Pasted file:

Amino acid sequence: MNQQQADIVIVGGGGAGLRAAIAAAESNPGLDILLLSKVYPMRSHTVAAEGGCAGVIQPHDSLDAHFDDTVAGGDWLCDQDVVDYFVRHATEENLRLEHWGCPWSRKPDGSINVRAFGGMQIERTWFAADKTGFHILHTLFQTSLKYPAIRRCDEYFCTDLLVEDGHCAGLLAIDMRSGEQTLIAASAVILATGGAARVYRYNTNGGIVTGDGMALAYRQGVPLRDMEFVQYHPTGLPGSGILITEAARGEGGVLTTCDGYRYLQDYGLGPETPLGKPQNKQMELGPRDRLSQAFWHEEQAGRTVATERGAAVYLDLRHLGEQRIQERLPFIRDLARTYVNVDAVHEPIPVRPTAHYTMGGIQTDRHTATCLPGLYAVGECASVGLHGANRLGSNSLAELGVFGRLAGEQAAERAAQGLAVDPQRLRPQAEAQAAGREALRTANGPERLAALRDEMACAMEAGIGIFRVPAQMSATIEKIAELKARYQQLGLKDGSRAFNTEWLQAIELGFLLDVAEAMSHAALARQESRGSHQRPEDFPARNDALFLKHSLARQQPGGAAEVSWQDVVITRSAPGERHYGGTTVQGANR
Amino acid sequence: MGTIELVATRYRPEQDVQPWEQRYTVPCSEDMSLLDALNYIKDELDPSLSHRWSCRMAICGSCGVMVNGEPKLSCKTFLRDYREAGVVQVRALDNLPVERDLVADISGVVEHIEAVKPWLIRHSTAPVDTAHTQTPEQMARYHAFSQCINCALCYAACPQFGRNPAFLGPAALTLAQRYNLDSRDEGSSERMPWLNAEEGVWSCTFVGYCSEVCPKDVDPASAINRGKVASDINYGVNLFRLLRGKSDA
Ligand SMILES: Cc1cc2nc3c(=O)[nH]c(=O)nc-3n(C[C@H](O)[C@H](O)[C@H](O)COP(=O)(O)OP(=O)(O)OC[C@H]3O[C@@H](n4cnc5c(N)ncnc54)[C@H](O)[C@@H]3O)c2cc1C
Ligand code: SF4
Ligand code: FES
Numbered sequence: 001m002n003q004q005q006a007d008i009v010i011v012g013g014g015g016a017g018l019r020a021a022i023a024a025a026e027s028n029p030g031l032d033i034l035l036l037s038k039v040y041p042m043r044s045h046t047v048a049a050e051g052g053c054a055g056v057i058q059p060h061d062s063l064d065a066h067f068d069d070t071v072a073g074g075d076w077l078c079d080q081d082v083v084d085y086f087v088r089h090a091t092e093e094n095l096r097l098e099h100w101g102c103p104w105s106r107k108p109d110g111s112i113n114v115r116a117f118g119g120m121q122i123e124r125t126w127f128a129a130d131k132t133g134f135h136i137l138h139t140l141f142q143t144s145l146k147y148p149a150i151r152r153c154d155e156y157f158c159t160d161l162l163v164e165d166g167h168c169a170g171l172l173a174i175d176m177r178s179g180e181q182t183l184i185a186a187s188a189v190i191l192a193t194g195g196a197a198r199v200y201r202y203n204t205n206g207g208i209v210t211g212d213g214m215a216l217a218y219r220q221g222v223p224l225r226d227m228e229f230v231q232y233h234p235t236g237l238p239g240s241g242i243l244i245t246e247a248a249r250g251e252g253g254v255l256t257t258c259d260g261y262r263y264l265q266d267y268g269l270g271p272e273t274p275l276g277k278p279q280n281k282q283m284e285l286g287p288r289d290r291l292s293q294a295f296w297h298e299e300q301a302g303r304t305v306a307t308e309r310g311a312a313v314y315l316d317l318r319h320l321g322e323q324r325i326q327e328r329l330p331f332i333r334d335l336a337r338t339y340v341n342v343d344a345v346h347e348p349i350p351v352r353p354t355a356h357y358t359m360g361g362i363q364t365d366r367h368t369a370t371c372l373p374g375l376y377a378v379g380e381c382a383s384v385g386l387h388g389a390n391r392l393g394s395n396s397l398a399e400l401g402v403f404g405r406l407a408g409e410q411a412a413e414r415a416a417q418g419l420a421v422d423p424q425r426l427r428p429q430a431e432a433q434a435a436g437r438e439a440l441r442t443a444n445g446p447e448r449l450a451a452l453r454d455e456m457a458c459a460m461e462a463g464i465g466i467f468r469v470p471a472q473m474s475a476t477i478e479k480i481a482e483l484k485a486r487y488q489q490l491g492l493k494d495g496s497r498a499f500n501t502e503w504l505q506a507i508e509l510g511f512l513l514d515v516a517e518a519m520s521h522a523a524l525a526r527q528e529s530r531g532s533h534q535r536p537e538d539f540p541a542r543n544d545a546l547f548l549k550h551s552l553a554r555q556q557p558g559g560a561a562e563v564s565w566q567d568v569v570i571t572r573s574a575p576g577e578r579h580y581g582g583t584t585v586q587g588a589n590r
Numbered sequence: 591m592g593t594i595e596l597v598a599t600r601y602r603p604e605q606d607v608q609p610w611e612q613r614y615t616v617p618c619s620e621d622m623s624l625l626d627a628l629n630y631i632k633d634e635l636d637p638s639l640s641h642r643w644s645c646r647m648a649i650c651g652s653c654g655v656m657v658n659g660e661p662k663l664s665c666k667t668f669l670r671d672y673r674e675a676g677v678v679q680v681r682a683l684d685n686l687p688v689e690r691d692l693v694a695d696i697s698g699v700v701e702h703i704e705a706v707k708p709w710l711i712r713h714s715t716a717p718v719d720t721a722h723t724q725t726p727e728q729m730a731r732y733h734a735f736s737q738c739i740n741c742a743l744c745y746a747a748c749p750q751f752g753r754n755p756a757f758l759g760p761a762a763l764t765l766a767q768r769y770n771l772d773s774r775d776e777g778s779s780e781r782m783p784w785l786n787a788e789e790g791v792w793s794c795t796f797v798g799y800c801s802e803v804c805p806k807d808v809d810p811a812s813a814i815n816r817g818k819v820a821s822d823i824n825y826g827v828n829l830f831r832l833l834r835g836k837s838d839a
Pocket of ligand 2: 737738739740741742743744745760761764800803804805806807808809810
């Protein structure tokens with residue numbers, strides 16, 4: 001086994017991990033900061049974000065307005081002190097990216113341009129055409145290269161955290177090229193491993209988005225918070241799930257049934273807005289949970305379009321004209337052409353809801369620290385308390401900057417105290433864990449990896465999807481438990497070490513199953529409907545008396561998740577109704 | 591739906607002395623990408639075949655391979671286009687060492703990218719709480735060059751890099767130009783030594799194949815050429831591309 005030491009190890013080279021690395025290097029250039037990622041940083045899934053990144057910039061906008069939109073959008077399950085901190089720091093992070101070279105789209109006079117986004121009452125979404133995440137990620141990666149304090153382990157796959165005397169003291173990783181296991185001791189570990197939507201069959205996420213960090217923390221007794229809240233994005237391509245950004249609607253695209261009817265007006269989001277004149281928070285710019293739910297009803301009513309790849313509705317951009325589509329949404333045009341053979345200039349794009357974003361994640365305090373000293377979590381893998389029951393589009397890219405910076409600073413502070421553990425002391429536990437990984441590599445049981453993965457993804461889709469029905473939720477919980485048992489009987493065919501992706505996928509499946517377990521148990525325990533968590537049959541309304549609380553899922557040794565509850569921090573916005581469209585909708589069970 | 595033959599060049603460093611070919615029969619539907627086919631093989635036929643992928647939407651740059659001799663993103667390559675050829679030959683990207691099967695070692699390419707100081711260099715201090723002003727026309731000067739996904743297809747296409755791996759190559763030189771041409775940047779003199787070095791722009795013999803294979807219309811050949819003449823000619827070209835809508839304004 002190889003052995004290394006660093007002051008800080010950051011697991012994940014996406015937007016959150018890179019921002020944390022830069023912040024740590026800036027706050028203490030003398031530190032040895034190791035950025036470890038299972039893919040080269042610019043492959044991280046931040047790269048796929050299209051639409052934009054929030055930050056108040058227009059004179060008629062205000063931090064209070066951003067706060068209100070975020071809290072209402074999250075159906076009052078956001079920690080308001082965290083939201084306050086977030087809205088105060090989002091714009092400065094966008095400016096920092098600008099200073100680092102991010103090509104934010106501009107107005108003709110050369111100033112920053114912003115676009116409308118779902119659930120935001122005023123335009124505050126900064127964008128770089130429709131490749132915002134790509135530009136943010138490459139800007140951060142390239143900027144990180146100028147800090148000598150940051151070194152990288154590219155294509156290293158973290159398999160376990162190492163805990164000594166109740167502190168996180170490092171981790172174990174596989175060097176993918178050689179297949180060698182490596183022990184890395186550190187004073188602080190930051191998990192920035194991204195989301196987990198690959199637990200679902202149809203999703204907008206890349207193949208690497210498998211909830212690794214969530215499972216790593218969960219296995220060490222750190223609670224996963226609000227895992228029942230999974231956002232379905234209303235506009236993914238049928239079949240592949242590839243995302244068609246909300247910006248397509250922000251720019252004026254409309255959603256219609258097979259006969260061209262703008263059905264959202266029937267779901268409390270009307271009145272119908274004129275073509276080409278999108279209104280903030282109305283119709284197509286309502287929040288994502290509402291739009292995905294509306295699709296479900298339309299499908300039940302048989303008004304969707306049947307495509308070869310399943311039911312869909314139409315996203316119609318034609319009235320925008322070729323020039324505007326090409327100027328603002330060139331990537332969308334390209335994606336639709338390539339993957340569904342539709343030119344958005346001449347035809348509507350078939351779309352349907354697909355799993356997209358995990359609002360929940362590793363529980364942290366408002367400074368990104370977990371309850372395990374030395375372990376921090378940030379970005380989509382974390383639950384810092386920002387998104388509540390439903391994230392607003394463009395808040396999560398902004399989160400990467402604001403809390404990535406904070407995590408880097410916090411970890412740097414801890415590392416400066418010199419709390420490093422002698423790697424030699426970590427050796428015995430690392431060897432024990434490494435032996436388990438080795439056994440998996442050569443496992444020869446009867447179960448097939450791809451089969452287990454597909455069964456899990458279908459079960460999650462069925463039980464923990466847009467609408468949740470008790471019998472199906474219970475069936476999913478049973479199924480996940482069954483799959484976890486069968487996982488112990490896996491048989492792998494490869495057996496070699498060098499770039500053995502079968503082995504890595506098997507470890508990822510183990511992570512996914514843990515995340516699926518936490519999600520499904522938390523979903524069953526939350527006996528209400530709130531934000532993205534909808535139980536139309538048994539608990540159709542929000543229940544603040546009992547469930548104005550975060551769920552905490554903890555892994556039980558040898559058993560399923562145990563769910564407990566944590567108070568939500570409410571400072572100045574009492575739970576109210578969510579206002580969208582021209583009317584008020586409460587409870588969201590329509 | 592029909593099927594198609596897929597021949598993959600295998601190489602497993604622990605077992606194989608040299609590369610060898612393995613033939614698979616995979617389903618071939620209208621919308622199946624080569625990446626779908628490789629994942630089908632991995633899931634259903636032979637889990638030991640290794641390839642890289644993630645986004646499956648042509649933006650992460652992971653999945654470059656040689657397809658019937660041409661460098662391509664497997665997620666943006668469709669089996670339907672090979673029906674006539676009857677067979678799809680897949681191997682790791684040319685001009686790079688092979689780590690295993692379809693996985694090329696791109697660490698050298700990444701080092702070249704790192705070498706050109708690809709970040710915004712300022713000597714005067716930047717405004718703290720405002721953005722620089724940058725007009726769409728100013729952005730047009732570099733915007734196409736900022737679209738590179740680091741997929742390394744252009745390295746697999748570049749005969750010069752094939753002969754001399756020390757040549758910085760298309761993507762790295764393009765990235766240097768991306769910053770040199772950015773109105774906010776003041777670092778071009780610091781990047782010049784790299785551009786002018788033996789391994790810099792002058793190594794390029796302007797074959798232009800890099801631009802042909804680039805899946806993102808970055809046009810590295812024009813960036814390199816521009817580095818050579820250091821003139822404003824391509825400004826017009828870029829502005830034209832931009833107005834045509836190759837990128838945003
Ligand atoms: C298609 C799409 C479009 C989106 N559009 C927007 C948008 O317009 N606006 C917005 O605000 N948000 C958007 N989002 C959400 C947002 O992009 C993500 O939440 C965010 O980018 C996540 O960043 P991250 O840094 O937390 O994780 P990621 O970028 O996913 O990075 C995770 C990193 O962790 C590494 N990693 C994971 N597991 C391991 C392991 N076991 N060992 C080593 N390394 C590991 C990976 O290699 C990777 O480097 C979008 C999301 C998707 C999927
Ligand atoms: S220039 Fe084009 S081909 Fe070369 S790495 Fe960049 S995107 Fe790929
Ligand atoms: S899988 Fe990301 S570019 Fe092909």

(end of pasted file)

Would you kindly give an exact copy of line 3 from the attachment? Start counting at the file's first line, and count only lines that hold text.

Ligand SMILES: Cc1cc2nc3c(=O)[nH]c(=O)nc-3n(C[C@H](O)[C@H](O)[C@H](O)COP(=O)(O)OP(=O)(O)OC[C@H]3O[C@@H](n4cnc5c(N)ncnc54)[C@H](O)[C@@H]3O)c2cc1C